Well, as we come to this section of Romans, we're coming into two of the hardest chapters that Romans has for us. And you perhaps thought that some parts have been difficult so far, and that might be because of how Paul writes. He's not given to how we ordinarily speak in English with our pauses. He can go for lines and lines without even a comma of a break. And he has a tendency of repeating, uh, and repeating things only in different ways so that Rather than initially understanding that he's saying the same things twice, we could easily jump and think that he's saying something different. But he now tackles a hard concept to understand, particularly a concept for the Jews. Because as we'll get to chapter 11, it speaks of the remnant that God has kept from Israel, and how the Gentiles, or the Greeks, are grafted into the faith. through faith. Now that's going to be hard work in the next couple of weeks to try and fathom. But here in chapter 10 what Paul is doing is beginning to set the scene for what is to come and again he's coming with good news for us. He wants us to understand what the playing field is before he begins to tackle what is the hardness of understanding this engrafting into the community of God and even trying to determine who this remnant is and how they become that remnant from Israel. Now he's here speaking of salvation for all and that's the playing field he wants us to And he's spoken of this before, but this is his great conclusion of this topic because it needs to be known so that as we approach chapter 11, there's no question of doubting what Paul is saying in that chapter. Well, let me begin by telling you a story. A story that's told of a family who were out in the woods for a winter hike. The river that flowed through the forest that they were in was particularly high that day due to the winter rains and the melting snow. They knew the forest well and followed their normal path. And there was a point when they needed to cross the river. In spring and in summer, this is easy, but with the higher water level, it meant that there was no option but to traverse the river. Someone the year before had put a plank of wood across. But the water level was high enough to spray water onto it, making it unsafe. But to complete their hike, they needed to get across. The husband offered to carry his wife across, and she gave him a look that meant OK, but, of course that but was a yet, she would have to trust him. She knew he had carried an injured hiker for miles a few years earlier, but she would now need to trust this older version of her husband in this moment. over these waters. To get to the end of the hike, it wouldn't be sufficient for her to think he can do it. She had to think it, and then climb on his back. Saving faith is the theme of Romans 10. And if we treat this hiking story as a metaphor, saving faith knows that Jesus can carry us across the gap from death to life, and it climbs. You see, salvation is Paul's burden, and we've known that from Romans chapter 9 verse 30, and we'll see it now to verse 13 in chapter 10. We will see his repeated use of terms such as saved, righteousness, and believe, or faith. Previously, Romans taught that gentiles attained a righteousness, that is, by faith, while Jews, lacking faith, stumbled over Christ. And in fact, they took offense at Christ. And this is what Paul told us in those verses of Romans 9, 30 34. And Paul longs for the salvation of his countrymen, but most did not receive salvation because they pursued it by works of the law. We're told that they had a zeal for God in verse 2, but their zeal was misdirected. So they missed the righteousness that God provides by faith in Christ. Well, Paul now moves on in chapter 10 to verse 5 to talk about righteousness by law or by faith. And he returns to Moses so that we can learn about righteousness based on the law, because in verse 5 Paul says, For Moses writes about the righteousness that is based on the law, that the person who does the commandments shall live And that's a dangerous statement. It's a dangerous place to be in. And I recognise many churches up and down the land put the Ten Commandments in some shape or form in their buildings, either in stained glass windows or in plaques, and it's not a bad thing to do. But I would argue it is dangerous. Because in displaying the Ten Commandments as a list of rules, We are led to believe that all we have to do is keep the Ten Commandments and we will be saved. Well, Moses says, well, if you, if you live by the Ten Commandments, that's how you're going to be judged. And the reality is, none of us can live by the Ten Commandments. Not any single one of us. Please don't sit there thinking I've kept every one of them. You have not and you will not. And we will take time to look at those commandments to understand how indeed we break every single one of them. So if we want to live by the Ten Commandments, then we will be judged by them. But we will never be able to keep them. And in using Moses here, the view Paul describes is that There has to be a heart change because that's what Moses understood. Moses knew that the commandments were good. Don't get me wrong. They are good and beneficial. But they will never save us and Moses knew that. And he was the one to whom they were delivered. Because what does Moses go on to say in Deuteronomy 10 verse 16? Circumcise therefore the foreskin of your heart, and be no longer stubborn. What is he looking for? He's looking for change within. He's not looking for the outward change that circumcision would bring, that was the sign and the seal of the old covenant. He's looking for transformation of heart. That actually the truth of our heart would be the sign and seal of the covenant. And so Moses is challenging the perspective that following the law is enough because it's not enough. Circumcision was the sign and the seal of the covenant and its practice would not save just as the sign and the seal of the new covenant, baptism, doesn't save either. The law could convict of sin and it could direct those seeking God toward the love of God. It guided Israel in many ways towards a personal, and indeed as a nation, corporate life, reflecting God's holiness and expressing devotion to him. But keeping the law was never designed to be a paint by number exercise in constructing a picture showcasing our own righteousness. That would have been a misunderstanding of what live by them in verse 5 meant. It was a misunderstanding common in Paul's own time and it is still a misunderstanding today. Ask many people why they think they might go to heaven and they will say something like this. I try to keep the Ten Commandments. Or, I think I'm a pretty good person. I think we could all argue that one, particularly about other people. Personal moral status or achievement are viewed as sufficient to, to gain God's approval and ward off judgment. Indeed, if there be any judgment at all, the world would think. But living by this law, our own law, will not save us. And so we turn to verses 6 and 7 to what is a righteousness. by faith. And there Paul says, what the righteousness based on faith says, do not say in your heart who will ascend into heaven, that is to bring Christ down, or who will descend into the abyss, that is to bring Christ up from the dead. This is the other approach to faith. to the law, one that points to the gospel message. Paul describes it first by quoting Moses to point to the righteousness based on faith, rather than establishing personal righteousness through law keeping, which is and always has been an illusion. Paul quotes with slight variation here from Deuteronomy chapter 30 and verses 11 to 14, because in this passage Moses says that this commandment that I command you today is not too hard for you, neither is it. Now people may go to great lengths imagining how to understand and comply with the Law's many demands. This is the point of why Paul is saying, Ascend into heaven or descend into the abyss. This is overthinking what Moses says. Whenever he says this is, it's not a big, as big as a mystery for us, because he says it's not too hard for you, neither is it far off. Faith is not about the works we will do to invoke Christ to us. He is here already. It's not too hard, and neither is it far off, because Christ is here. We don't have to run and get him. He's with us. But the Israelites objection to Moses and thereby God's commands that someone needed to ascend into heaven to obey them was, was tantamount to saying centuries before Christ's incarnation, we need to bring Christ down, that is the Messiah. And the objection that someone was to plumb the depths of death's abyss was the height of saying centuries before Christ's burial and resurrection, we need to bring Christ up from the dead. It was never humanity that was ever going to do this on their own. It was an initiative of God for humanity's sake, so that again Christ could be with us. You see, we cannot act to justify ourselves in this way. Only Christ can justify, and not by law, but by his work and promise received by faith, as Paul now points out in verses 8 and 9. And verse 8 challenges the idea of action on our part in verses 6 and 7, because he focuses on words. and words we know that are in our mouths and in our hearts. He describes this word as the word of faith. In other words, Sorry, too many words here. He's talking about the Gospel. And here is the simplicity or the simple heart of the message. How do you know you are truly saved? In verse 9, Paul says, Because if you confess with your mouth that Jesus is Lord, and believe in your heart that God raised him from the dead, you will be saved. This is how we know. Paul is making a definite and definitive statement of how we know and how we love the gospel. We live it in word and in heart. We confess what we believe about Jesus Christ. And in both spoken word and in heart. and in the depths of our hearts. That's why the church throughout its generations has recited creeds and has formed creeds, so that we can gather around as one voice of people what we believe about God, the Father, Son, and Holy Spirit, both in our mouths and in our hearts. That's why our testimonies are not simply a collection of stories of how bad we used to be and how good we now are through Jesus Christ. Our testimony should be about Jesus and who he is and what he has done to save us. And so to conclude his point, Paul takes verses 10 to 13, stating how this works out in active application. In verse 10 he says, For with the heart one believes and is justified and with the mouth one confesses and is saved. There are only two people who know our hearts. Ourselves and God. No one else knows the true depths of what's in there. Even our closest friend will not know the true depths. And we can easily, as I said earlier in our service, we can easily fool ourselves, but we can't fool God. Don't even try. Deep down, we know the truth about ourselves. We know our sins. But the heart of the gospel is this very verse that we know Christ deep within. And we speak of his wonderful work of salvation. This is the truth of the gospel that should give rise in our hearts to great hope and to great joy. Because this is where we find true liberation. And all too often we get a wee bit touchy about that word liberation. We think of it, from our perspective, in negative terms. We think of freedom fighters as liberators who go against the status quo. That's not the liberation we're talking about. The liberation, when it comes to scripture, is freedom from sin and the devil. And so the true liberation comes in verse 12, because look at what Paul goes on to say. For there is no distinction between Jew and Greek, for the same Lord is Lord of all, bestowing his riches on all who call on his name. Aren't these absolutely wonderful words? This means that each of us here tonight, there is nothing that hinders us. from coming to Christ. Our ethnicity, our culture, and our religion will not be held against us to come to Christ. He showers his salvation on us when we come seeking it. He doesn't hold back. This morning we asked the question, whose are we? But tonight we need to ask, who are we? Are you? Like, looking into a mirror, what reflection do you see? Because what is holding you back from coming to Christ? Going back to our hiking metaphor, the wife knew that she could get on her husband's back to go across the river, but that wasn't enough to get across the river. She had to actually do it. And we, we honestly live in a place of great blessing where we know the gospel, in fact we know it inside out. But it's not enough to know it, that that only keeps us on one side of the riverbank. We need to believe it and we need to live it so that we can get across the river. And to leave the metaphor, to go to our eternal home, to cross the Jordan, and to enter into heaven. Knowledge will not get you into heaven. Only taking that step of faith with Jesus Christ. So who are you? There is no sin too great. No rejection too strong. And no shortcoming we, we perceive unforgivable. Jesus Christ is calling tonight to you. To come and to know Him and to know His great salvation. Don't hold back. Don't resist. Come and find forgiveness and find rest in Him. Because there is salvation in no other name given among us but in Jesus Christ. And His love is great for you. And if you don't believe me, That he will receive you, whatever you feel within your heart as to why you can't come to him. Look at what Paul says in verse 13. For everyone. No one is held back, no one is kept away. For everyone who calls on the name of the Lord, not might be saved or possibly will be saved. Definitely will be saved With our mouths and with our hearts Knowing that we can get across the river And putting our trust in the only one who can carry us across You see, everyone is you It's me He will not hold you back So trust in him With your very soul tonight But Paul doesn't finish there because he goes on to finish the passage with a number of rhetorical questions in verses 14 to 21. And the point that Paul is driving at here is concluded in verse 17 where he says, trying to help us how we understand what, what Christ has done for us. So faith comes from hearing and hearing through the word of Christ or as some of your translations might have the word of God. This is a logical statement. How can people know of Christ and his wonderful salvation if they don't hear about it? And this is the challenge to those who do know the message both in word by confession and in heart. We're good at telling stories, aren't we? We have no problem repeating stories that we hear about people and circumstances. And at times we do this through hearsay rather than from accurate sources. And I'm going to put my hand up and say I am as guilty as any of us here tonight. But that doesn't make it right just because I confess my guilt. We have a message, and we have a message of the gospel that is proved genuine and it's true. We have its reliable source before us in the very Word of God, but all too often is it is a message that we keep quiet about, and we would rather talk about anything and indeed everything else than this truth. Why? We are challenged that this is an unloving message because of its exclusivity. So we stay quiet. We are told it is irrelevant because of its age. We are confronted by supposed errors. And what is our response? We fear. We feel we can't answer the questions. We feel we're being laughed at and mocked. We are afraid we will be rejected and persecuted. But isn't this what we're told is going to happen to us? Because listen to what Jesus says to comfort us in Matthew 5 verses 10 to 12. Blessed are those who are persecuted for righteousness sake, for theirs is the kingdom of heaven. Blessed are you when others revile you and persecute you and utter all kinds of evil against you falsely on my account. Rejoice. And be glad, for your reward is great in heaven, for so they persecuted the prophets who were before you. Jesus assures us. Look at it there in red. It is his very words. He's told us persecution is going to come because of our confession of the faith and our proclamation of it. But what does he say happens? Well if we are persecuted for that very good job, well then ours is the kingdom of heaven. Mhm. You see, he simply asks us to be faithful to what we believe because it is a matter of life and death. Great is your reward in heaven. Surely that is worth anything the world would throw at us. But you might say, that's his job, referring to me. Well, I cannot be in your home every minute of every day. You cannot rely on me to be where you need the gospel proclaimed, because that would be 50 different places at any one time. No, each believer is required to make defense of the gospel and proclaim it in situations that present themselves. And again, Paul wants to assure us that there is great blessing in taking this stand. Because in verse 15 he quotes from the prophet Isaiah and indeed what we sung earlier in Awake, Awake, O Zion. As it is written, how beautiful are the feet of those who preach the good news. And the sad reality is that many will hear, but they will reject the truth of the gospel. But that doesn't stop us. Paul confirms this force in verse 21. But of Israel he says, all day long I have held out my hands. But who is it to a disobedient and contrary people who will not turn and who will not know the Lord and his salvation? And people will reject the gospel that we proclaim for all kinds of reasons, none of which are valid, by the way, in the light of eternity. And this shouldn't discourage us from the task of proclaiming the Word of God so that lives can be transformed and changed. We continue to proclaim because it is the very Word of God. Paul's message of chapter 10 is the truth, that salvation is for all who will hear. and who will respond. Be attentive to this word. You have received the challenge this evening, and whenever we are confronted with Christ, we have to do something with it. What would you do with Christ? Will you just cast him aside and say, he's not for me? Or will you be like the, the wife on that hiking trip where she knows her husband, She can get on her husband's back, but will she actually take that step of faith and trust him to get her across the river? Chapter 10 assures us that none of us here will be rejected if we seek the Lord to take us across the river. So we must be attentive to the gospel in our own lives, but we must also share it, because we cannot keep that talent of gospel knowledge hidden and locked away. It is to be shared in word and deed so that the world will know the truth of the risen Savior, that indeed they will know the very heart of the gospel is Jesus Christ. And if you don't know how to do that, well then join us for midweek, one hour in your week on a Wednesday night. Come! Because we're going to sit around tables and we're going to talk about it. So that no one has to do it on their own. That we do this together and we learn together so that we can proclaim together. This is not about one person going out as a single into the world. We do this as the church. This is the beauty of the church. Will you come along on Wednesday night so that we can learn how to grow in this together? One hour. Is that too much to ask? Will you come to Christ? Will you come to him tonight, yes for salvation, but for strength? Will you know him? Will you seek that very strength to proclaim this wonderful truth that he offers? We each are confronted with Christ. We each must respond. My prayer is that we will respond as he intends. That we will love him and we will proclaim him. Let's pray. Our Father God, we thank you that your word is a good word. We thank you that it has stood the test of time and it will continue to stand because it is truth. As we each have been confronted with Christ this evening, may we each respond, not in a way for someone else, but for ourselves, because we each need to do that so that we can have great assurance and hope in the gospel. Thank you for what Christ has done for us. Thank you that this is the great demonstration of your love. Thank you that you've done it all. So continue to call us and draw us closer to yourself, we pray, in Jesus name.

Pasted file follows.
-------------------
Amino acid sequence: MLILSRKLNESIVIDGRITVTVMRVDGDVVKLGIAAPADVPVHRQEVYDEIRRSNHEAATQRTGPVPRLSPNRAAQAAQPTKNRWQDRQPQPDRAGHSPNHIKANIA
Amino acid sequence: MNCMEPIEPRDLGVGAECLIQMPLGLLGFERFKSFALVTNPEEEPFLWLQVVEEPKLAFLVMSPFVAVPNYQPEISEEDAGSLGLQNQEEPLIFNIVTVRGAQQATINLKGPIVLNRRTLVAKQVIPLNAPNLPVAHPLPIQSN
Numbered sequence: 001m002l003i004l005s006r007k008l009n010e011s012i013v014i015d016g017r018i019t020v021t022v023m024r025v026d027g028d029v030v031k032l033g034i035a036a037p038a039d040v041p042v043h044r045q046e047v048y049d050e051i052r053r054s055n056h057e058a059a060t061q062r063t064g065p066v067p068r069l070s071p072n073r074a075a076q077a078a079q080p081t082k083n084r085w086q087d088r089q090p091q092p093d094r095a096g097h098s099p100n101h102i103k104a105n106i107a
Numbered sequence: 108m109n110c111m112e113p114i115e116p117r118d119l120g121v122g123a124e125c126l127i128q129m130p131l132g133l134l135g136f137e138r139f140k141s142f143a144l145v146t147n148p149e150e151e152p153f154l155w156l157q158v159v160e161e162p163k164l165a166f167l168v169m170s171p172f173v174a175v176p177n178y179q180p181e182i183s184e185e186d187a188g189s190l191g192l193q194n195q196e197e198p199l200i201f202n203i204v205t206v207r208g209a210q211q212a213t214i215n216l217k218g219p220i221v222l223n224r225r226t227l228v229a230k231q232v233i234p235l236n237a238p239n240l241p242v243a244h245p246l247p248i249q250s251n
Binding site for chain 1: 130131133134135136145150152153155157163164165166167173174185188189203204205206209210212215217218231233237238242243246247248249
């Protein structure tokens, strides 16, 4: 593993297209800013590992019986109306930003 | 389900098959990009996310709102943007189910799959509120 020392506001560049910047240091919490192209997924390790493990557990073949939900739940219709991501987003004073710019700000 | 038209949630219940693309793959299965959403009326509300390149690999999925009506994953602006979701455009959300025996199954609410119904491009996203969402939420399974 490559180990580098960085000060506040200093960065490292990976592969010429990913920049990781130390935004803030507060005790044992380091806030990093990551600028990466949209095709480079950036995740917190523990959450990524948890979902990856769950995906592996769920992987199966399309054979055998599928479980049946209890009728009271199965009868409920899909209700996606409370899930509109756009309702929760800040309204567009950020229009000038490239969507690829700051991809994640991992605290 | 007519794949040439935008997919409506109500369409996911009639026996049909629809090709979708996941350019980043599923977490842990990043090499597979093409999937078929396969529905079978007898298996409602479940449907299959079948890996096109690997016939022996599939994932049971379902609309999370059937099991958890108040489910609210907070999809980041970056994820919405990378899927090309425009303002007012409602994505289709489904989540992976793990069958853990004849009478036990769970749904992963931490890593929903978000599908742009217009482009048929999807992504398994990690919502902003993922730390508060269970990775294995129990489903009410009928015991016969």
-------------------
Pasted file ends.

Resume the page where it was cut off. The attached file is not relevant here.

Leave a Comment